TLS Tracking

This page demonstrates how TLS can be abused to track users employing HTTP Strict Transport Security (HSTS).

This website uses a large number of subdomains named where X represents an arbitrary digit. The subdomains can be accessed via HTTP or HTTPS. If the browser requests the secure connection, the server sets the HSTS policy. This means that the server tells the browser to remember that this subdomain should be accessed only via HTTPS (not HTTP) in the future (usually for one year). If the user enters the HTTP version, the browser automatically rewrites the request from HTTP to HTTPS.

Every subdomain represents a single bit. It is either accessed via HTTP or HTTPS. An arbitrary binary identifier can be encoded by accessing the HTTPS version of the subdomains for those bits that are 1. In the future, the same HTTP/HTTPS pattern for all subdomains makes it possible to retrieve and decode the identifier.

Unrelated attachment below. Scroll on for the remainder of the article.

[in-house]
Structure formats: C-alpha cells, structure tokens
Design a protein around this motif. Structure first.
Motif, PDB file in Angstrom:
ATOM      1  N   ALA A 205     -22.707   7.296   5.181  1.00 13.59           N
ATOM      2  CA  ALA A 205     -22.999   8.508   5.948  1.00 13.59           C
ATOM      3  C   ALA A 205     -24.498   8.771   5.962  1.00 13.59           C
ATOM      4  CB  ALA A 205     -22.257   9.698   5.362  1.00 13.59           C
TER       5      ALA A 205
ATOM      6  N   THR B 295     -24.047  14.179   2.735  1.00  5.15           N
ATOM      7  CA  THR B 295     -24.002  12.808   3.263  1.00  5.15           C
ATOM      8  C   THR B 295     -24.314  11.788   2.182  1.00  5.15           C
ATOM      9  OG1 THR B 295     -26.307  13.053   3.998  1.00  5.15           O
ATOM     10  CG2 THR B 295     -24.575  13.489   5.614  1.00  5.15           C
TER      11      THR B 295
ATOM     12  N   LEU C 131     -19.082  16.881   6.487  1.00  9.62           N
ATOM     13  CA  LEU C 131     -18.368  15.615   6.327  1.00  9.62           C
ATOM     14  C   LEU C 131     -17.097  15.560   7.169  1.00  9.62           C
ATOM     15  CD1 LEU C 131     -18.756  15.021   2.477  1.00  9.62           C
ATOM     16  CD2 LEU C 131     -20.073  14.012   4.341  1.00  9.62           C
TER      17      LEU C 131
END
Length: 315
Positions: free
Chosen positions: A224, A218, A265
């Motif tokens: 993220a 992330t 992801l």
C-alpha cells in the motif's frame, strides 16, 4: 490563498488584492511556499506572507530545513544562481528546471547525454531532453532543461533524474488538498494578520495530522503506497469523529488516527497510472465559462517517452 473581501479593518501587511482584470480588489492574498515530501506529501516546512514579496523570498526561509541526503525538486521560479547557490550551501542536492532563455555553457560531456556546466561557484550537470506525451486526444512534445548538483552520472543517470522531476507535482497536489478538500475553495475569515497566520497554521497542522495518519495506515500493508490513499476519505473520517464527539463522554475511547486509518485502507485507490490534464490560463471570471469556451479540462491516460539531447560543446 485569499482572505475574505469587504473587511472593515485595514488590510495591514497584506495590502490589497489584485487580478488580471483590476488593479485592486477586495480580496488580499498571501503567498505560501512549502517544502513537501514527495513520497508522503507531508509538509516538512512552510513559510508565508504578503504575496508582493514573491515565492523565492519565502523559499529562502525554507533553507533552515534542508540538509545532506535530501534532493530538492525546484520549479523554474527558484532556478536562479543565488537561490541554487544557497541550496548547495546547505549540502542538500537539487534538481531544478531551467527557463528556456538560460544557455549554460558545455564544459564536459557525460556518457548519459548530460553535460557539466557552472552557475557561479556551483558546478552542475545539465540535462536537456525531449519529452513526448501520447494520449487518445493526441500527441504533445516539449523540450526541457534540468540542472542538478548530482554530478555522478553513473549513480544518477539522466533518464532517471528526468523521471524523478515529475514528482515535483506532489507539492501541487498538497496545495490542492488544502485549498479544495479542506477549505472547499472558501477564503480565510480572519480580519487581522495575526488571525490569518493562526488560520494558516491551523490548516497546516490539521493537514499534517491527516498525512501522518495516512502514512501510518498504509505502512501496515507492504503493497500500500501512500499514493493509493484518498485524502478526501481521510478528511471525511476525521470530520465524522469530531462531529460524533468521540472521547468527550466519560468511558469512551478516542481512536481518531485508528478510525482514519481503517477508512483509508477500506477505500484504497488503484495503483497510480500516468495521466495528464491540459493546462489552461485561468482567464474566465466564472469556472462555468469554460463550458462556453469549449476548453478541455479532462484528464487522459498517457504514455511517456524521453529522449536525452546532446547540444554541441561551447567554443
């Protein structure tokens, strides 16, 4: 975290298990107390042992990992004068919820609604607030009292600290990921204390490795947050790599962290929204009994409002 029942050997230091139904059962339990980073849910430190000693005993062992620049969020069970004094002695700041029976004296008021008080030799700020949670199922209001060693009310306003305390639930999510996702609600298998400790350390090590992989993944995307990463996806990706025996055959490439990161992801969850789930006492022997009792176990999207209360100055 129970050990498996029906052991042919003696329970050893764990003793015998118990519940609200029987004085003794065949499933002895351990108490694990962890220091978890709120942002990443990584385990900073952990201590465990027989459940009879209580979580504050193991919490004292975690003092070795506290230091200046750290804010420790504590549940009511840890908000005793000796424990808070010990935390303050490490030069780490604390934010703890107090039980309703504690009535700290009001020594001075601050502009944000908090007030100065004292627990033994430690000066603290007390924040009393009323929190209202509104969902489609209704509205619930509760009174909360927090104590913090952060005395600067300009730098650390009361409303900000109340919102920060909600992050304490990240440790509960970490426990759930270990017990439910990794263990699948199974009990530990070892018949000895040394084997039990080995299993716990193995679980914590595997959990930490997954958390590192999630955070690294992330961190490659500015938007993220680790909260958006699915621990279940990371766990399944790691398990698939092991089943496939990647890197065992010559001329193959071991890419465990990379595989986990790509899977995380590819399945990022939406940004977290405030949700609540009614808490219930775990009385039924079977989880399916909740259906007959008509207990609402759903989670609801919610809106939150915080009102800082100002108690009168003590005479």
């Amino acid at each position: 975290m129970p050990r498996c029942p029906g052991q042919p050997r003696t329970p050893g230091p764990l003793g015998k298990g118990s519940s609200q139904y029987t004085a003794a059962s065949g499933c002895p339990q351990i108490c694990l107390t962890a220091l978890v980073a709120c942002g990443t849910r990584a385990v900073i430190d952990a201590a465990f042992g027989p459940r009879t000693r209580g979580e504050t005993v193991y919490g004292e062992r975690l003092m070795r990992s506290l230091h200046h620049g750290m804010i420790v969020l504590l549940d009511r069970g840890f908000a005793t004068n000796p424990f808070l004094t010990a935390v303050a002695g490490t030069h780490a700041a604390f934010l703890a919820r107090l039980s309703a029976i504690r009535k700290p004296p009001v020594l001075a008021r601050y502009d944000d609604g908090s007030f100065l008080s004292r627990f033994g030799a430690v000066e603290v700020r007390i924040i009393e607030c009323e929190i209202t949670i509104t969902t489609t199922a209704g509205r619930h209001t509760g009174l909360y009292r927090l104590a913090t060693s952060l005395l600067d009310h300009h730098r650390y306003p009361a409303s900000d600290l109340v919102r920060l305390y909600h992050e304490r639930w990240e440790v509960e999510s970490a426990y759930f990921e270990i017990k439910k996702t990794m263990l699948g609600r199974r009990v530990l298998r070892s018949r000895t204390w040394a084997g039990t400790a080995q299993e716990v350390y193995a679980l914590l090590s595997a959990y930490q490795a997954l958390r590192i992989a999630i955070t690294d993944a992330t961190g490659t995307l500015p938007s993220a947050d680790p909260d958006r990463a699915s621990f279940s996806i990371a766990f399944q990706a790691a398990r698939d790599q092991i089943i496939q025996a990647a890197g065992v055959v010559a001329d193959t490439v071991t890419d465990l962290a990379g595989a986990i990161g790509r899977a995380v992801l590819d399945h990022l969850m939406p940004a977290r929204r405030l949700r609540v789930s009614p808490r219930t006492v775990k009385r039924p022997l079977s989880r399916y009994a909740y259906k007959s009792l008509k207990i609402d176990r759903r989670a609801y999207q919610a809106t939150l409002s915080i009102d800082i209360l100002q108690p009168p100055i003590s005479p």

This page lets you encode an arbitrary string into the HSTS storage of your browser. To delete the HSTS storage and thus the string, you need to clear (recent) browsing history.

See my post about this technique and the development repository for this live demonstration.